Professor Hanington's Speaking of Science: The science of soap
Professor Hanington’s Speaking of Science

Professor Hanington's Speaking of Science: The science of soap

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In the last three weeks I have washed my hands so many times that they are getting raw on the backs of them. This situation in our country has modified the habits of so many people that I doubt if we will ever return to normalcy. I don’t even rub my eyes anymore when they are itchy for fear of spreading the virus. And there are enough soap bars in my house stacked around every sink to pave a driveway.

The idea that soapy water can destroy virus particles is nothing new. According to our daughter Hannah, who is now working for the NIH in Maryland, the ingredients of soap destroy the virus’ outer coating, the part by which it grabs onto and attaches to unsuspecting healthy cells. She says the soap denatures the virus.

Advertisements from 1918 during the influenza pandemic duly tout the advantages of keeping your hands clean at a time when indoor plumbing was somewhat of a novelty. Buying soap a hundred years ago was quite easy, after all it is one of those items that has been manufactured for centuries.

They say the earliest recorded evidence of soap production dates back to around 2800 BC in ancient Babylon. A formula for soap making was found on a clay tablet that specified water, alkali salt, and vegetable oil. It must have worked well because I remember watching the Ten Commandments movie and Ann Baxter was certainly the model of healthiness. So exactly what is soap we commonly use and how does it work?

Chemically speaking, soap is a compound made by combining a fatty acid with a metal salt, usually a hydroxide. If the element is sodium or potassium the resulting products are called toilet soaps, used for hand washing and bathing. If the element is lithium, you get a white cream that can be employed as a high-performance grease.

When used for cleaning, soap has the ability to grab particles and grime and force them into solution which can be carried away by rinsing. Because the soap molecule has a metal cation on one end it is soluble in water. Because it has a organic part on the other end, it is soluble in oil. This allows the molecule to hook onto oil or greasy particles and “pull” them out of the places where they have settled such as on cloth fabrics or skin.

That is the basic description of how soap cleans but in actuality the process is a little more complex because it involves thousands of such molecules all working together. Even though people have been using soap for centuries, nobody really knew what went on until the beginning of the twentieth century when the mechanism was scientifically worked out.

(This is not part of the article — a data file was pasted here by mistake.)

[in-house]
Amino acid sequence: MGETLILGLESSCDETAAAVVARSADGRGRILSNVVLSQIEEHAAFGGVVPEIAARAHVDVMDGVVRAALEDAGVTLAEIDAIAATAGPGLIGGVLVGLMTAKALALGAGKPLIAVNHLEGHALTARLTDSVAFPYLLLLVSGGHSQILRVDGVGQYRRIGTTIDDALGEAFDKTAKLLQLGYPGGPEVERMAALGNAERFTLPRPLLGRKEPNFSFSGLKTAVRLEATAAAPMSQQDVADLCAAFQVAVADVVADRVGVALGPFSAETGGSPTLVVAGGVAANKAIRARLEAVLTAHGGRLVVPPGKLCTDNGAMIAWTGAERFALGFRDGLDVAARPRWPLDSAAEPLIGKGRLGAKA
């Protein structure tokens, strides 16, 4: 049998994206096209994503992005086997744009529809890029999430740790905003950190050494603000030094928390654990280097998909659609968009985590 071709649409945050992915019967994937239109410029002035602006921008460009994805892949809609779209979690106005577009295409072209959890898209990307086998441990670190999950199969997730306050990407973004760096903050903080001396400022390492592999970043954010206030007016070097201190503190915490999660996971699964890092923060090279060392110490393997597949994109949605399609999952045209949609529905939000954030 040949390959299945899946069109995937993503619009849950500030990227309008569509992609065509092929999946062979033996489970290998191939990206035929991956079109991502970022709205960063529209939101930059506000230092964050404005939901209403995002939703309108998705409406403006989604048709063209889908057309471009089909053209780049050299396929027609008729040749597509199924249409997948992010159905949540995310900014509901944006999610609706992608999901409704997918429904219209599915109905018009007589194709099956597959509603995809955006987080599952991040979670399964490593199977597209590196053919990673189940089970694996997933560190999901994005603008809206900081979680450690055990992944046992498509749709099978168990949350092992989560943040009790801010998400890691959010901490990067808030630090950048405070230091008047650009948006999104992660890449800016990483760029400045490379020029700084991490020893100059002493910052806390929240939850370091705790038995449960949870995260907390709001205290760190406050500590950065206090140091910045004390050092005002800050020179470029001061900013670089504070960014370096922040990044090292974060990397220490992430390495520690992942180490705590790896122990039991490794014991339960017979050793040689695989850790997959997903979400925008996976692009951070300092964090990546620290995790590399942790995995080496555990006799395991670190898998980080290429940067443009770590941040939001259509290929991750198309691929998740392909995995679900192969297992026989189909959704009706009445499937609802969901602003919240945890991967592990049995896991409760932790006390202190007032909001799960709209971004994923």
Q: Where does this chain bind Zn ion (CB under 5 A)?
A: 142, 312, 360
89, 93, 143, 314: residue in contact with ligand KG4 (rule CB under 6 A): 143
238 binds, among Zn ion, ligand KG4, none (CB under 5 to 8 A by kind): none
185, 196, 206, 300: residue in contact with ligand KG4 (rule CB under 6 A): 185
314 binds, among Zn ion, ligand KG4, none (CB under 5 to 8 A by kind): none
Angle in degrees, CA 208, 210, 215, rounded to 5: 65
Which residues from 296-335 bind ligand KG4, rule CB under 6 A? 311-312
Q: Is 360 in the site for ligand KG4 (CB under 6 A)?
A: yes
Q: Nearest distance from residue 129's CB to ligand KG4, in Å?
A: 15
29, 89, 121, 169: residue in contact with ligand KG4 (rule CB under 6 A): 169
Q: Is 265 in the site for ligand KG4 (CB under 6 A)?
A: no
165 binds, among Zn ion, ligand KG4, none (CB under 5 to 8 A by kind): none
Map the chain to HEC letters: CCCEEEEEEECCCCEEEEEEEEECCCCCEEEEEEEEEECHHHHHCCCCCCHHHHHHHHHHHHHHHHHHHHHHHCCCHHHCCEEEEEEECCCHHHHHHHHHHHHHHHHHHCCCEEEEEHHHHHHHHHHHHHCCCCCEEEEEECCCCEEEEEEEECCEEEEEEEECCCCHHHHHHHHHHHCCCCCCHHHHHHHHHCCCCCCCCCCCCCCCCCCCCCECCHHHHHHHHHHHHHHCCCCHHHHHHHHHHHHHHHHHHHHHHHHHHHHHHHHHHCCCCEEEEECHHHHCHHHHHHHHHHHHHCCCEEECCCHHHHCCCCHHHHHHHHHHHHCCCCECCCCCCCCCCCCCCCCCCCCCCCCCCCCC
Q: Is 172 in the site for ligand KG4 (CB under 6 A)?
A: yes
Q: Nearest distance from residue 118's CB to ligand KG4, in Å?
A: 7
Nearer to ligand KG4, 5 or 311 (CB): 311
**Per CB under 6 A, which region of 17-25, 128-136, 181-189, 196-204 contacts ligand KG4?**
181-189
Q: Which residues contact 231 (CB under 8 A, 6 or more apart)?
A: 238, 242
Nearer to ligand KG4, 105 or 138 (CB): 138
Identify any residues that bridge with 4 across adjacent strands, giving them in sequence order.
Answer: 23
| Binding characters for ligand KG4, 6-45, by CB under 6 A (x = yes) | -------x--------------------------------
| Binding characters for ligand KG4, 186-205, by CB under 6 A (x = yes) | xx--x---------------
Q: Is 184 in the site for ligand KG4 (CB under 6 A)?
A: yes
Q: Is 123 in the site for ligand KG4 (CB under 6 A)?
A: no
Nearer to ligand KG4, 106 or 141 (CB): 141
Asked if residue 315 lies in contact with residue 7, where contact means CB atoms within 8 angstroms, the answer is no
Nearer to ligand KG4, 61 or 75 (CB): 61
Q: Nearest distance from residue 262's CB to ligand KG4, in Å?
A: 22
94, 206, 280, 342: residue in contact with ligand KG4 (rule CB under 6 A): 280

In 1913, James William McBain, professor at the University of Bristol postulated the existence of spherical clusters of highly mobile, spontaneously formed molecules that he called micelles. These microscopic ball-like shapes, composed of millions of soap molecules next to each other had their organic ends all facing into the center. The metallic ends of the molecules, facing outwards, repelled each other and formed the external coating of the micelle. When in the presence of a speck of dirt, they will allow a compound that is normally insoluble in water to dissolve by actually gobbling the tiny particle of oil or grime into the micelle core by virtue of their organic ends. Because the outside is soluble in water, the entire “cell” can carry the oil droplet, completely tucked away, to be rinsed out. In addition, these micelles also lower the surface tension of the rinse water making it easier to remove material from a surface due to energy concerns.

For making toilet soaps, triglyceride oils and fats, derived from coconut, olive, or palm oils, rendered beef fat, are boiled with alkali materials, usually lye, which is sodium hydroxide. This causes a chemical reaction called saponification. When the material is poured into molds it eventually cools and hardens to the bar shapes we are familiar with. Aromatic herbs and scents are often added to the soap to impart fragrance, color and texture. Sometimes just vegetable compounds such as olive oil are used. This makes the soft Castile soaps and these are, as you would guess, more expensive. The bars of soap we buy nowadays are of course mass-produced by millions of bars a day and the history of one of the soap companies you may have heard of is interesting.

In 1886, William Hesketh Lever and his brother, James, bought a small soap works in Warrington, England and teamed up with a chemist, William Hough Watson, who invented the process which resulted in a new variety of soap, using palm oil, rather than animal tallow. It was called Sunlight Soap for some reason and production reached 450 tons per week in 1888.

Lever Brothers entered the United States market in 1895 and by 1900 added the brands “Lifebuoy,” “Lux” and “Vim.” By 1929 they employed 1,000 workers in their Cambridge, Massachusetts factory. After merging with several companies they became Unilever, one of the first modern multinational companies. This was sold to the US capital firm Pensler and renamed Korex in 2008, They are the largest contract manufacturer of detergent and household cleaners in North America.

Gary Hanington is Professor Emeritus of physical science at Great Basin College and chief scientist at AHV. He can be reached at garyh@ahv.com or gary.hanington@gbcnv.edu.

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